Solving a Square in the x-y Plane: Finding m with s, d and n

In summary, the problem asks for an expression for m in terms of s,d and n. TheAttempt at a Solution found that m is restricted to 0<m<s/d. Any ideas to possibly help nudge me in a direction are welcome. Anything is helpful, even if you don't feel like you're right
  • #1
Mentallic
Homework Helper
3,802
95
This isn't homework, so there's no rush, or a necessity to find the answer but I'd like input into helping me solve this problem. I constructed this problem from an Australian Mathematics competition that instead used simple numbers in place of the variables I'm replacing them with.

Homework Statement


I'll describe it as best as I can:
In the x-y plane, there is a square of side lengths s that has it's closest vertex located a distance d from the origin, and it is sitting on the x-axis in the first quadrant. There is a line y=mx that cuts the square in the ratio [tex]\frac{A_1}{A_2}=n[/tex] where A1 is the area of the section in the square that is above the line, and A2 the area below the line. n can take any value that is meaningful, in this case, all real positive values (thus A1 and A2 will have a value larger than 0).

http://img198.imageshack.us/img198/7304/pfsquaren.png

Find an expression for m in terms of s,d and n.

The Attempt at a Solution


I've barely scratched the surface of this problem...
All I can really think of is that m is restricted to [itex]0<m<s/d[/itex].

Any ideas to possibly help nudge me in a direction are welcome. Anything is helpful, even if you don't feel like you're right :smile:
 
Last edited by a moderator:
Physics news on Phys.org
  • #2
I have tried something:

[tex]\frac{A_1}{A_2}=n[/tex]

[tex]A_1=nA_2[/tex] (1)

[tex]A_1+A_2=s^2[/tex] (2)

(1) [itex]\rightarrow[/itex] (2)

[tex]A_2(1+n)=s^2[/tex] (3)

[tex]A_2=\frac{s}{2}(md+m(s+d))[/tex] (4) - by area of parallelogram, left vertical side length of [itex]A_1[/itex] is [itex]md[/itex] and the right side is [itex]m(s+d)[/itex]

(3) [itex]\rightarrow[/itex] (4)

[tex]\frac{s^2}{1+n}=\frac{s}{2}(md+m(s+d))[/tex]

solving for m...

[tex]m=\frac{2s}{(2d+s)(1+n)}[/tex]


But I tested this formula for some random values, and found it doesn't work. For e.g. if I use d=2, s=1 and n=1 (so it cuts the square into 2 equal pieces) the formula gives me [itex]y=2x/5[/itex]

oh wait... while writing this I rechecked my substituting and found it's actually [itex]y=x/5[/itex]... and to think I failed at the easiest part in this problem.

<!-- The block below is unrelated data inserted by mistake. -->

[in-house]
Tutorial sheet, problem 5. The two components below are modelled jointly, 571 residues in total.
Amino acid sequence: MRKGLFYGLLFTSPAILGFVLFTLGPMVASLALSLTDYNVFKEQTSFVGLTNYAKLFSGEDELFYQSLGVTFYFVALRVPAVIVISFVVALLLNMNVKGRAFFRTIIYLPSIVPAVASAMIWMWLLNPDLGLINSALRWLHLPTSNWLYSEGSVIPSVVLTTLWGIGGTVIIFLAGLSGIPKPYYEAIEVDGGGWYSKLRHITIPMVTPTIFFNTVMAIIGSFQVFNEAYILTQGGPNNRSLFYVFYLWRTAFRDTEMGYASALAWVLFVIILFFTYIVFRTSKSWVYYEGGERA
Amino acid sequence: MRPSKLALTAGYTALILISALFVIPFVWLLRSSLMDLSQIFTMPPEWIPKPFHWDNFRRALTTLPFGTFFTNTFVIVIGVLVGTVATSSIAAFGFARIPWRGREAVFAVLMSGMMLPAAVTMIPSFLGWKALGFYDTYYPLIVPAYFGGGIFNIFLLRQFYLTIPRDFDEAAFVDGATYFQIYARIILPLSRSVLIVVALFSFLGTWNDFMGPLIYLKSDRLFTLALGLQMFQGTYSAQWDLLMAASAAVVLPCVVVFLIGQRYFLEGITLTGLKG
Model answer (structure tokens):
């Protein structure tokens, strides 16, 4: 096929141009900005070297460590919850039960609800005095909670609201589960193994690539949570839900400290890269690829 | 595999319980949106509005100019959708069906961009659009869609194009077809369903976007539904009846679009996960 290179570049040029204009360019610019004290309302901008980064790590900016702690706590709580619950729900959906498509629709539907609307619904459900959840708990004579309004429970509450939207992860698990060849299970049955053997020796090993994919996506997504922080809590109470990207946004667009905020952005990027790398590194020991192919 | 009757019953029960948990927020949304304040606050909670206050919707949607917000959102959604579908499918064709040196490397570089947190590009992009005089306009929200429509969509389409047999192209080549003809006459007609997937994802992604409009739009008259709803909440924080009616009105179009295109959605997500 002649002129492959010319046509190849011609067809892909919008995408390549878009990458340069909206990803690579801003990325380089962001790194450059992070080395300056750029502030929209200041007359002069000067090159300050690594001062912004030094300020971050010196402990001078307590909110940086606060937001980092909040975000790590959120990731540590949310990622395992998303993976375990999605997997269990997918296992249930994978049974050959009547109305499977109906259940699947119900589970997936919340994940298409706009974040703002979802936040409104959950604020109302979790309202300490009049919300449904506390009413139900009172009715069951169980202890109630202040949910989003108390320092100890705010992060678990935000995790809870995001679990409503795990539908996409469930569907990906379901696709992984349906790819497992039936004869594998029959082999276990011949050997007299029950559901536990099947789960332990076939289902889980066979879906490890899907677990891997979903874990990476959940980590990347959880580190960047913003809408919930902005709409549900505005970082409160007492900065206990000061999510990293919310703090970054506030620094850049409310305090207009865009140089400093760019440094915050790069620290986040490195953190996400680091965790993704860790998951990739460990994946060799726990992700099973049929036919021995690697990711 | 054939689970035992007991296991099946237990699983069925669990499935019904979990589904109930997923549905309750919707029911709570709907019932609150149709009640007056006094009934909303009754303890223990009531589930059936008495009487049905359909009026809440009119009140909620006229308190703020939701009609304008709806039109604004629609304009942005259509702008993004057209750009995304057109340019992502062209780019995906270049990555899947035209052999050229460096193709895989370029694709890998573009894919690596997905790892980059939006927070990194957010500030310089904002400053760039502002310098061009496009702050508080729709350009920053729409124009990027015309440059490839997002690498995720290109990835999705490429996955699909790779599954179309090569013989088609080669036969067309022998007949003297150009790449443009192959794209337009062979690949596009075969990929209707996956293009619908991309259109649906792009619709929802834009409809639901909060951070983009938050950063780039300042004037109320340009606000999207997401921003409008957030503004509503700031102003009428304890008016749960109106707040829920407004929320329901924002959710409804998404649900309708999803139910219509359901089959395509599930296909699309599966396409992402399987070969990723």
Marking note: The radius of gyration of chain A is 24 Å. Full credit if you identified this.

Never mind, solved :smile:
 
  • #3
Actually... looking at it again, it seems like as [itex]n\rightarrow 0[/itex] the value of m should be such that it touches the top-left vertex of the square, and this gradient is s/d, but the formula doesn't suggest that...

I'm thinking that my error is in the part where I assumed the area of A2 is a parallelogram, because while it is for the most part, A1 and A2 become a triangle and truncated square respectively after [tex]m\geq\frac{s}{s+d}[/tex] (the top-right vertex of the square).
 
  • #4
I got the same equation for m:

[tex]m=\frac{2s}{(2d+s)(n+1)}[/tex].

What I did is by sectioning the areas into rectangles and and triangles and use the the ratio to solve for m.
 
Last edited:
  • #5
Well that supports it then. And I've tried the formula on a few more examples, and it works unless [tex]\frac{s}{d}>m>\frac{s}{s+d}[/tex]

For this "part" of the formula, I've calculated and checked that the answer is the solution to this equation:

[tex]d^2m^2-\frac{2s}{n+1}\left(sn+dn+d\right)m+s^2=0[/tex]

which seems pretty complicated if I were to try solve it...

What is up with this? I've never had 2 formulas needed to answer the 1 same question. Is it possible to combine both formulas to create 1 that answers my question entirely?
 
  • #6
I agree with everyone on the first part. I don't have time to check the second case right now but I assume you are right. As to getting one simple formula, I wouldn't expect similar or easily combined forumulas because the nature of the problem changes when the line cuts the top side of the square. Until then the areas were two trapezoids and now they are a pentagon and a triangle. A two-piece formula is probably as appropriate as anything. You could always jerry-rig up a single formula using step functions or some other trick, but it wouldn't add any clarity.
 
  • #7